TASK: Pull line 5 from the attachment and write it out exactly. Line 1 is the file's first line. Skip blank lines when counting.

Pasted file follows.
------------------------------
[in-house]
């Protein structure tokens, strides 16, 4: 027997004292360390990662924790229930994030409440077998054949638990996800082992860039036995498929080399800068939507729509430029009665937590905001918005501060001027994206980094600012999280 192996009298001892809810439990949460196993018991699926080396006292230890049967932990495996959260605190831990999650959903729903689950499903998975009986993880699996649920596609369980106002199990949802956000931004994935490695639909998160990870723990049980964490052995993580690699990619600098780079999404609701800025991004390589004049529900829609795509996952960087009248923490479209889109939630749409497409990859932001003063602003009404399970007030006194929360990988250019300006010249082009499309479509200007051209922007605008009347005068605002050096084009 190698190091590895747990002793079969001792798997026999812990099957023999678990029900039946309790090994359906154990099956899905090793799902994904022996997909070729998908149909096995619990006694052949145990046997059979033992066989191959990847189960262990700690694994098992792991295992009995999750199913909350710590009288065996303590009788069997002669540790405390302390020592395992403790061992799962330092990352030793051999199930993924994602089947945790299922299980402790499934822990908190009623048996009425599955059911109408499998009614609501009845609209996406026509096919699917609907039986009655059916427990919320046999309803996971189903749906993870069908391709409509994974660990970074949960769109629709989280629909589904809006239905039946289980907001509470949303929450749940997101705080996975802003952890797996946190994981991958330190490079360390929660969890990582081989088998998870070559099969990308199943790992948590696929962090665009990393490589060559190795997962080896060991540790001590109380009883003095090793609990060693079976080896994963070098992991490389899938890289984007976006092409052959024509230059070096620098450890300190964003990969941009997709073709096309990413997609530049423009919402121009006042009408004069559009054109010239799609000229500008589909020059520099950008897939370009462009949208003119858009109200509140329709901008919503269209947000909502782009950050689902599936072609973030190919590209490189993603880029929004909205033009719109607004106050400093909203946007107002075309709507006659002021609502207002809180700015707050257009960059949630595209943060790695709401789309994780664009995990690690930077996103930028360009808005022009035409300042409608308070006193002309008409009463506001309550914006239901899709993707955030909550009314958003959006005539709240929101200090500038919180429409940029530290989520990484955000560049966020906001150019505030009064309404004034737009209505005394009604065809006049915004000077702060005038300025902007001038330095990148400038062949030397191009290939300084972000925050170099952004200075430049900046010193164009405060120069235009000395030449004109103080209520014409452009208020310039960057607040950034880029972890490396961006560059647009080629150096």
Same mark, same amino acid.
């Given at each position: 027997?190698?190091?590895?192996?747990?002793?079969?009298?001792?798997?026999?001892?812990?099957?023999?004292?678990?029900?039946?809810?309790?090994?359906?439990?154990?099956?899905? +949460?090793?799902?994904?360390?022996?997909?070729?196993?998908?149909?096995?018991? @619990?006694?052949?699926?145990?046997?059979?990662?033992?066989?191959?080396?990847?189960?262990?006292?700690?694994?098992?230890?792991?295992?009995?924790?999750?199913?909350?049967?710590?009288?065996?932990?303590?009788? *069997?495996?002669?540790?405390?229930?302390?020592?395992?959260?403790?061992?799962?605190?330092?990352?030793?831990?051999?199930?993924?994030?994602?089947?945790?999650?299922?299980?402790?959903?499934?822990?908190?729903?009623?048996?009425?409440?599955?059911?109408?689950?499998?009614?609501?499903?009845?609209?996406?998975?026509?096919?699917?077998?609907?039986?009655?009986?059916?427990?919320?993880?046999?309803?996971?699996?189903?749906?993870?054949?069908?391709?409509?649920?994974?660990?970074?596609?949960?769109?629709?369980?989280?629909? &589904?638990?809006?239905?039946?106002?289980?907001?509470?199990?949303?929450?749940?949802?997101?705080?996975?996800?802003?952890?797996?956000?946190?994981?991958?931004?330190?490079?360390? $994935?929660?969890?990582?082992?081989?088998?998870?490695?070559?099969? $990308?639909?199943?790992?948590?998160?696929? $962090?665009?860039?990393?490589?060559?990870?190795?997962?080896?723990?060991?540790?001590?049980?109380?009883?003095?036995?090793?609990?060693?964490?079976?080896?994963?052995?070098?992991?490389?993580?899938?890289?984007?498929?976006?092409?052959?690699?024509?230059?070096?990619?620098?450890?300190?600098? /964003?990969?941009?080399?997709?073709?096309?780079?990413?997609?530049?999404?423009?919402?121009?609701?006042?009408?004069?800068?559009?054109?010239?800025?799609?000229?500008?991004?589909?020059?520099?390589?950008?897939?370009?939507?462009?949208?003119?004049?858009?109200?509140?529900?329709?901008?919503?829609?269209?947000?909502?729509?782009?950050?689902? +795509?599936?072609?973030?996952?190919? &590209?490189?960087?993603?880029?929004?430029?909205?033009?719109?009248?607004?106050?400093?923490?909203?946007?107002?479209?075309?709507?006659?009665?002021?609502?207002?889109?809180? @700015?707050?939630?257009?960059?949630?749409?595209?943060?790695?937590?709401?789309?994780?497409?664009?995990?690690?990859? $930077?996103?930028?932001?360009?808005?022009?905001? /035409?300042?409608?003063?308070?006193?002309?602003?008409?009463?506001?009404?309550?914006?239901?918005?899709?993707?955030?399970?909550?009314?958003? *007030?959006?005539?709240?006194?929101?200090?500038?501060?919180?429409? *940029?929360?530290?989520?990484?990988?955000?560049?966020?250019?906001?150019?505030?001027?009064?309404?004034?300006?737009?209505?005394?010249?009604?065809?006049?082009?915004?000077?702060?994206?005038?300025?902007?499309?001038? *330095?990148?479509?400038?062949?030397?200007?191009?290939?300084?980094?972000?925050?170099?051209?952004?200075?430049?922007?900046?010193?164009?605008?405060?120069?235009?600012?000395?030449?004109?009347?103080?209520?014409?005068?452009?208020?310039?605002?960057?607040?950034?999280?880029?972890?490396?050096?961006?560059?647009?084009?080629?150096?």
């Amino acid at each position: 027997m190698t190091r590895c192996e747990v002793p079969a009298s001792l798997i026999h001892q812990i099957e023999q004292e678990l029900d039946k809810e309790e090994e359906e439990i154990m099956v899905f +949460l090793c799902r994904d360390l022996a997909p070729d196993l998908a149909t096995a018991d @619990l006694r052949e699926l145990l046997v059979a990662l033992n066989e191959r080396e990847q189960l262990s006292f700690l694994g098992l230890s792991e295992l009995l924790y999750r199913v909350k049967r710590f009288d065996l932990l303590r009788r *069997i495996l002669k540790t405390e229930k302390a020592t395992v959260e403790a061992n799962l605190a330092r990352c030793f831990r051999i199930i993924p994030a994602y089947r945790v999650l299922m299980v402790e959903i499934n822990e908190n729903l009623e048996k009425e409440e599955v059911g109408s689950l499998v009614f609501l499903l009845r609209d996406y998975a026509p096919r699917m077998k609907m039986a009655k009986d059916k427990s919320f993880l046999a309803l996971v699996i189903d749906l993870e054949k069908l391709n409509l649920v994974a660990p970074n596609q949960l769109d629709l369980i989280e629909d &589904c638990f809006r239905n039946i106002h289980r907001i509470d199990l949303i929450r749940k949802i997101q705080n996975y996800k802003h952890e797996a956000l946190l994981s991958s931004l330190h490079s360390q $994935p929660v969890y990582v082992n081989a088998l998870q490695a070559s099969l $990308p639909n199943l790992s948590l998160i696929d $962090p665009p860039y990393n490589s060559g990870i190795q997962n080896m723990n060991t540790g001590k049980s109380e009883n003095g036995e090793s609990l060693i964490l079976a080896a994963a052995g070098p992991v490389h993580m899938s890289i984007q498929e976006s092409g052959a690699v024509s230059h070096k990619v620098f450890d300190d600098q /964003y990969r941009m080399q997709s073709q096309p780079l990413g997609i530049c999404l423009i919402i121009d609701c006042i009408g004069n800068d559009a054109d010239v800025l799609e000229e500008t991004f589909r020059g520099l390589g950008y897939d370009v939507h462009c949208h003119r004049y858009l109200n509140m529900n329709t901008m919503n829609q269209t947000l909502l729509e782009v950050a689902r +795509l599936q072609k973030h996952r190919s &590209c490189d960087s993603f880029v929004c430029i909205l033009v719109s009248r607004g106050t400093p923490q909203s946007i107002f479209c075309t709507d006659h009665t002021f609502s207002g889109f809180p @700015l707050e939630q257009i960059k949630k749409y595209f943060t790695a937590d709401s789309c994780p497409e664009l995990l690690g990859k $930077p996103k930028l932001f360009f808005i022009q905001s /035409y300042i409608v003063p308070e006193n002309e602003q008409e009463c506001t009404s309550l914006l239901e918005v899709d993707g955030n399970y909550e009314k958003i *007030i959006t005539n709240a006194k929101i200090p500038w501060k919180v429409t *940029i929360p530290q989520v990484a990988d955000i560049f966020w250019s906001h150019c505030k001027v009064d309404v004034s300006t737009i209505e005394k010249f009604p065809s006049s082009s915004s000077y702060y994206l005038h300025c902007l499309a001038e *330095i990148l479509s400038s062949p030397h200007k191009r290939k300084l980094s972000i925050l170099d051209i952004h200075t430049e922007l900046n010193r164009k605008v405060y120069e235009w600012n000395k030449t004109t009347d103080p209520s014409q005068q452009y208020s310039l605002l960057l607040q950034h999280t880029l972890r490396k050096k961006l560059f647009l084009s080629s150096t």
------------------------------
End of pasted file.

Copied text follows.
């Amino acid at each position: 027997m190698t190091r590895c192996e747990v002793p079969a009298s001792l798997i026999h001892q812990i099957e023999q004292e678990l029900d039946k809810e309790e090994e359906e439990i154990m099956v899905f +949460l090793c799902r994904d360390l022996a997909p070729d196993l998908a149909t096995a018991d @619990l006694r052949e699926l145990l046997v059979a990662l033992n066989e191959r080396e990847q189960l262990s006292f700690l694994g098992l230890s792991e295992l009995l924790y999750r199913v909350k049967r710590f009288d065996l932990l303590r009788r *069997i495996l002669k540790t405390e229930k302390a020592t395992v959260e403790a061992n799962l605190a330092r990352c030793f831990r051999i199930i993924p994030a994602y089947r945790v999650l299922m299980v402790e959903i499934n822990e908190n729903l009623e048996k009425e409440e599955v059911g109408s689950l499998v009614f609501l499903l009845r609209d996406y998975a026509p096919r699917m077998k609907m039986a009655k009986d059916k427990s919320f993880l046999a309803l996971v699996i189903d749906l993870e054949k069908l391709n409509l649920v994974a660990p970074n596609q949960l769109d629709l369980i989280e629909d &589904c638990f809006r239905n039946i106002h289980r907001i509470d199990l949303i929450r749940k949802i997101q705080n996975y996800k802003h952890e797996a956000l946190l994981s991958s931004l330190h490079s360390q $994935p929660v969890y990582v082992n081989a088998l998870q490695a070559s099969l $990308p639909n199943l790992s948590l998160i696929d $962090p665009p860039y990393n490589s060559g990870i190795q997962n080896m723990n060991t540790g001590k049980s109380e009883n003095g036995e090793s609990l060693i964490l079976a080896a994963a052995g070098p992991v490389h993580m899938s890289i984007q498929e976006s092409g052959a690699v024509s230059h070096k990619v620098f450890d300190d600098q /964003y990969r941009m080399q997709s073709q096309p780079l990413g997609i530049c999404l423009i919402i121009d609701c006042i009408g004069n800068d559009a054109d010239v800025l799609e000229e500008t991004f589909r020059g520099l390589g950008y897939d370009v939507h462009c949208h003119r004049y858009l109200n509140m529900n329709t901008m919503n829609q269209t947000l909502l729509e782009v950050a689902r +795509l599936q072609k973030h996952r190919s &590209c490189d960087s993603f880029v929004c430029i909205l033009v719109s009248r607004g106050t400093p923490q909203s946007i107002f479209c075309t709507d006659h009665t002021f609502s207002g889109f809180p @700015l707050e939630q257009i960059k949630k749409y595209f943060t790695a937590d709401s789309c994780p497409e664009l995990l690690g990859k $930077p996103k930028l932001f360009f808005i022009q905001s /035409y300042i409608v003063p308070e006193n002309e602003q008409e009463c506001t009404s309550l914006l239901e918005v899709d993707g955030n399970y909550e009314k958003i *007030i959006t005539n709240a006194k929101i200090p500038w501060k919180v429409t *940029i929360p530290q989520v990484a990988d955000i560049f966020w250019s906001h150019c505030k001027v009064d309404v004034s300006t737009i209505e005394k010249f009604p065809s006049s082009s915004s000077y702060y994206l005038h300025c902007l499309a001038e *330095i990148l479509s400038s062949p030397h200007k191009r290939k300084l980094s972000i925050l170099d051209i952004h200075t430049e922007l900046n010193r164009k605008v405060y120069e235009w600012n000395k030449t004109t009347d103080p209520s014409q005068q452009y208020s310039l605002l960057l607040q950034h999280t880029l972890r490396k050096k961006l560059f647009l084009s080629s150096t």